End 1999, in a millennium special issue, Outlook had asked four intellectuals to pick 20 Indians who shaped India in the 20th century. Each member of the panel—Khushwant Singh, Mrinal Pande, P.V. Indiresan and Mushirul Hasan—picked their Top 5. Mohandas Gandhi figured in each of their lists; Jawaharlal Nehru in three; Lata Mangeshkar (who should have stopped singing decades ago as Yesudas had suggested) in two; B.R. Ambedkar in none. In fact, Indiresan, former director of IIT Madras, even said he “had reservations about Ambedkar’s divisive legacy”.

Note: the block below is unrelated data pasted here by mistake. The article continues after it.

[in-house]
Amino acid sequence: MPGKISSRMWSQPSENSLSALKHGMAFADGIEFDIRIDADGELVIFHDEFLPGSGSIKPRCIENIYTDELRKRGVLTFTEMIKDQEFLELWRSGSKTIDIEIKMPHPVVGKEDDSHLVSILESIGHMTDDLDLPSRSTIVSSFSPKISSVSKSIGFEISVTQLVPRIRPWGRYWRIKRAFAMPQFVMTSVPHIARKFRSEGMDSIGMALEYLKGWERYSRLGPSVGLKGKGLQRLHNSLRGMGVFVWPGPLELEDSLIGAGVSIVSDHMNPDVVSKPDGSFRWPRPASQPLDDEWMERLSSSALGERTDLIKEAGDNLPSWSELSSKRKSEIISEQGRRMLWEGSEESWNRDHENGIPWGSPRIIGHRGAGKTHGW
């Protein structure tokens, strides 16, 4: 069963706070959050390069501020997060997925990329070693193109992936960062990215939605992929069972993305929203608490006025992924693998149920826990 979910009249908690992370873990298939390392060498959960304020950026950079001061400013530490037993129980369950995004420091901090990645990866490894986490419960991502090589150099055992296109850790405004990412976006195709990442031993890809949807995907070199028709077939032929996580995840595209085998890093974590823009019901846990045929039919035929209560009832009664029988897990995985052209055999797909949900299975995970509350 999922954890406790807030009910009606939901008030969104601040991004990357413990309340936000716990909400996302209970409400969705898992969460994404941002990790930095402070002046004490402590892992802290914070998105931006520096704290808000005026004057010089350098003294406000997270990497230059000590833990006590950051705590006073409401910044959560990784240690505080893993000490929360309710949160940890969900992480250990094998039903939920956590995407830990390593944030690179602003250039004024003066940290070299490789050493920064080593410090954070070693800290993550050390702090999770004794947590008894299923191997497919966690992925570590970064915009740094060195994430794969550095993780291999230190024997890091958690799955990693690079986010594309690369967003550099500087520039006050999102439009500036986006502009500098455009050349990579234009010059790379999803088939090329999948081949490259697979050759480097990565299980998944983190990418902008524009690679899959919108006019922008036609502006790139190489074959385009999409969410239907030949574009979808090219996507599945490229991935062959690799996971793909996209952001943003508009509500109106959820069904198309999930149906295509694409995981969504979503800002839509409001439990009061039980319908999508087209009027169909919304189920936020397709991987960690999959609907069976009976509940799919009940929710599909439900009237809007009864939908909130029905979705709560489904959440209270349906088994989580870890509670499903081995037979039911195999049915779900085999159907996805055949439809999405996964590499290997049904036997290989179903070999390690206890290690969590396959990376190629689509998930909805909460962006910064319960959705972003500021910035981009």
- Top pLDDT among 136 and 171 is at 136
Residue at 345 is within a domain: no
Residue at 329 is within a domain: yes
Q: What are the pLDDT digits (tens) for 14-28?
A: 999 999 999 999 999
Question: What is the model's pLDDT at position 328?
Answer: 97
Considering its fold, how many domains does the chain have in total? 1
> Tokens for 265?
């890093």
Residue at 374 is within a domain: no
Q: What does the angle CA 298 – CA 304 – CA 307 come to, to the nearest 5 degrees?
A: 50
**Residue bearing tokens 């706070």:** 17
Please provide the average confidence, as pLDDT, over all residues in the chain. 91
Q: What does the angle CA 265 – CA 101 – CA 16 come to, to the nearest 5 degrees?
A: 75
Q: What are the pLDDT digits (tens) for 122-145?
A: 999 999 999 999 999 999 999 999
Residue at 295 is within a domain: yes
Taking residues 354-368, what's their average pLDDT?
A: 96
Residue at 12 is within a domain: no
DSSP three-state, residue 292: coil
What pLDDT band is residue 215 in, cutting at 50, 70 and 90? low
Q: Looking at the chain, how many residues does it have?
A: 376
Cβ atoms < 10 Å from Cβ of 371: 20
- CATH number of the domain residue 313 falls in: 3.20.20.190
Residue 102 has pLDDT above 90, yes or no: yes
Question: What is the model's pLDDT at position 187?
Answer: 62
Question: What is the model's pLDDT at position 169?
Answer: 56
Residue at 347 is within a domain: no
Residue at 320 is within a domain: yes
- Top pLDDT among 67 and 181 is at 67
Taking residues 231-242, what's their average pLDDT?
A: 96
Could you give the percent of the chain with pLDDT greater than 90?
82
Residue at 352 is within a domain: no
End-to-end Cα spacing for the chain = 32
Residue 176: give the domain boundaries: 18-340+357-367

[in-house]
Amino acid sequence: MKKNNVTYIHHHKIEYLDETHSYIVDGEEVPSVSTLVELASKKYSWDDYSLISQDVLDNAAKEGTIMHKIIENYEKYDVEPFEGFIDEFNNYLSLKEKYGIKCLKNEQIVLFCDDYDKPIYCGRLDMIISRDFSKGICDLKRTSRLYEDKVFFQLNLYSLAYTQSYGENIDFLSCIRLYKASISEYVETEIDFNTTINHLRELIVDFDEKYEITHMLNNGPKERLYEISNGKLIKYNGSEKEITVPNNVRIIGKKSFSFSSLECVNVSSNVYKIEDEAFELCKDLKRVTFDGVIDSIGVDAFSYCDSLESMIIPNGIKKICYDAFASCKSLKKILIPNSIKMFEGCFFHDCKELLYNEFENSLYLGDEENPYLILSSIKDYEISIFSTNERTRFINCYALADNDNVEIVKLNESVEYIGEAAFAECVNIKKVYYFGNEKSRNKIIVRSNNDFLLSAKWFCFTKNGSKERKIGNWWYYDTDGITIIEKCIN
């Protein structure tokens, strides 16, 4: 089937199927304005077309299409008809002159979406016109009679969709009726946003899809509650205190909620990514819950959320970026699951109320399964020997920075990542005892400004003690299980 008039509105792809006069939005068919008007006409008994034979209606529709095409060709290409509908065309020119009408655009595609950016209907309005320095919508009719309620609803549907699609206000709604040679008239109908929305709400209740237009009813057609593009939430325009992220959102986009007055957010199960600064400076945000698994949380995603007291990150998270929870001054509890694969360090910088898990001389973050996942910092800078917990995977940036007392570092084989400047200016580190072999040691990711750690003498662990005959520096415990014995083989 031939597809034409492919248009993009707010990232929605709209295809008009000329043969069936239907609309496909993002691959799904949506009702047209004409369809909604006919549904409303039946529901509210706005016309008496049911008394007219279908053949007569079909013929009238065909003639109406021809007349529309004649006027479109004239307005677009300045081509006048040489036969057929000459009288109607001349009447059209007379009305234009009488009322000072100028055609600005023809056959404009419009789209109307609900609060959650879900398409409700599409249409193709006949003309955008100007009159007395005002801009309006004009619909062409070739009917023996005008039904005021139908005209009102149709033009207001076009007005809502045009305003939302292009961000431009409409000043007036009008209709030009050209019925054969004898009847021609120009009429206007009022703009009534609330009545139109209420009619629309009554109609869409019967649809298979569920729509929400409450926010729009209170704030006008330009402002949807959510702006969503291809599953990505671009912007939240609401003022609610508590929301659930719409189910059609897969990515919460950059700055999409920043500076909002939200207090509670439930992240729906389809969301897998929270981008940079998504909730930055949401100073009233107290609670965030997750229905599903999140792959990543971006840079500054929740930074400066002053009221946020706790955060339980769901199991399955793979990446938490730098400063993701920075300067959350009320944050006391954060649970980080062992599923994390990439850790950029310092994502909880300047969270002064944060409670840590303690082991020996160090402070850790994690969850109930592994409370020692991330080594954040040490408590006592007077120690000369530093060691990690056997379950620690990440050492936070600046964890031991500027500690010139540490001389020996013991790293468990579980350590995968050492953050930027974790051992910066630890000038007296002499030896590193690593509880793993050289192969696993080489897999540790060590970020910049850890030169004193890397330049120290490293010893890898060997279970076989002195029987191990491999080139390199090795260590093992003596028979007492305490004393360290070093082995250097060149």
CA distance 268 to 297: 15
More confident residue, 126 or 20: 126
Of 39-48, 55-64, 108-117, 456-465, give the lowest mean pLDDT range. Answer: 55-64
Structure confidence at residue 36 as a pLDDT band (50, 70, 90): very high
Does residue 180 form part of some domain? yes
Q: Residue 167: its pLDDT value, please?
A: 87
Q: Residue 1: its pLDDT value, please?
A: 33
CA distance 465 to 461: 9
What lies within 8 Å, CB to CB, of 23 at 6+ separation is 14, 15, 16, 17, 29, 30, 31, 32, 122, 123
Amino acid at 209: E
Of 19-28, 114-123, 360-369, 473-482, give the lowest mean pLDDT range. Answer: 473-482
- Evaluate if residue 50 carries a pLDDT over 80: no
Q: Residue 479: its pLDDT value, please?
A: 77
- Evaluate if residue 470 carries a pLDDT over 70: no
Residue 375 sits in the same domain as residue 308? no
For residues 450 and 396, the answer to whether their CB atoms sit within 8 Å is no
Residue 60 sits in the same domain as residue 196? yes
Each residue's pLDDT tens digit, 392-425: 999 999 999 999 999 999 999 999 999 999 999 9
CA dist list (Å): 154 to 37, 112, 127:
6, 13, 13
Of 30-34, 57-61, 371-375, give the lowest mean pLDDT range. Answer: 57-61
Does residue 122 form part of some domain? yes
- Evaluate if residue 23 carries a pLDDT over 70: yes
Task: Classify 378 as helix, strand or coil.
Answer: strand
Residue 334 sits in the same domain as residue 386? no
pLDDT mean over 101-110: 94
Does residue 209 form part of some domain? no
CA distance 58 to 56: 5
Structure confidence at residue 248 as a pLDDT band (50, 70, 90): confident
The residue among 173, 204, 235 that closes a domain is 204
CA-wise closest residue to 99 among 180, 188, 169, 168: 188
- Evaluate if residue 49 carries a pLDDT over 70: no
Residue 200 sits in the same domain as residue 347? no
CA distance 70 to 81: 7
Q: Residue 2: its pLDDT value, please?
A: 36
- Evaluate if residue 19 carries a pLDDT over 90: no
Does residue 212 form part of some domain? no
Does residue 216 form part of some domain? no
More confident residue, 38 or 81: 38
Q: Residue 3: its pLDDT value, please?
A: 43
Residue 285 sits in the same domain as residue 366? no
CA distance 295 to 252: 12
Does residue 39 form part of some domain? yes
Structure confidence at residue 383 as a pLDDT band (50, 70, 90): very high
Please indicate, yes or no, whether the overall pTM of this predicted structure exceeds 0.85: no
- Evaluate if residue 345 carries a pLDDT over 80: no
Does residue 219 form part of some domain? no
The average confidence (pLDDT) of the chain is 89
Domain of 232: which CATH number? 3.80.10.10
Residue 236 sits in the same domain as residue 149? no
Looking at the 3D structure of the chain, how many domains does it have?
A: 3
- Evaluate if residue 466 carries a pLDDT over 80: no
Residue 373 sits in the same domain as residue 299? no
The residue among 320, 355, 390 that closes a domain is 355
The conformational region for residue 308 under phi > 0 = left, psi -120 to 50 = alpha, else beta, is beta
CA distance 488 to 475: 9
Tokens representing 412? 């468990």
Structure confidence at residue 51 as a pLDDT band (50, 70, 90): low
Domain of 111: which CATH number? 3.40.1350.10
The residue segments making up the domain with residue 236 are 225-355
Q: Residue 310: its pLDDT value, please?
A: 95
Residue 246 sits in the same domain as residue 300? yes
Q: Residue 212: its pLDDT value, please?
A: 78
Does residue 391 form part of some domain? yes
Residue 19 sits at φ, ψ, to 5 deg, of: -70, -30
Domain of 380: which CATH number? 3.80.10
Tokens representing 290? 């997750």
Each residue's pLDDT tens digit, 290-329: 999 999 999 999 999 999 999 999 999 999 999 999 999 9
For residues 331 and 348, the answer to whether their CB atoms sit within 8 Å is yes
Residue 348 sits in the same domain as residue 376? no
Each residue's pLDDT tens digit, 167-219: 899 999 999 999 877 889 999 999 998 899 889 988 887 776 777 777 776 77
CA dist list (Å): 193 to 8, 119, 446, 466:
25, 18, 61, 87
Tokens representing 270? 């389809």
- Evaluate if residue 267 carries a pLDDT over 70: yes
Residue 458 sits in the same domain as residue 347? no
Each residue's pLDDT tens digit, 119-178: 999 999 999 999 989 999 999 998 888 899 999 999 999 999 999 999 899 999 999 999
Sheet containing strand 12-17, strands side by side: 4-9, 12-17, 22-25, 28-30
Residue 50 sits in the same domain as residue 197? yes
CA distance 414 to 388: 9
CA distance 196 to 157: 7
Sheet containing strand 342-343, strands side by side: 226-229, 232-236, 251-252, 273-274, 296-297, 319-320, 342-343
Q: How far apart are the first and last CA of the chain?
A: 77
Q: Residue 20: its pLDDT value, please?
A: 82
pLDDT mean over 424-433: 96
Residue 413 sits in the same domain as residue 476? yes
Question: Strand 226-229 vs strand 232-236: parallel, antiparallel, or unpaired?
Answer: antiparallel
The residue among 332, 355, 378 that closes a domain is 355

For the Independence Day special in 2002, Outlook came up with another list, calling it ‘First Among Equals’. This was termed “a popular survey of greatest Indians of independent India”. Mother Teresa—a safe bet who reinforces middle-class India’s loosely defined secular credentials—topped this poll. However much I believe that such exercises infantilise people and trivialise history, they have come to stay. We live in times when memory is as fickle as a Facebook update. We live in times when popular historians make lists of ‘greatest speeches’.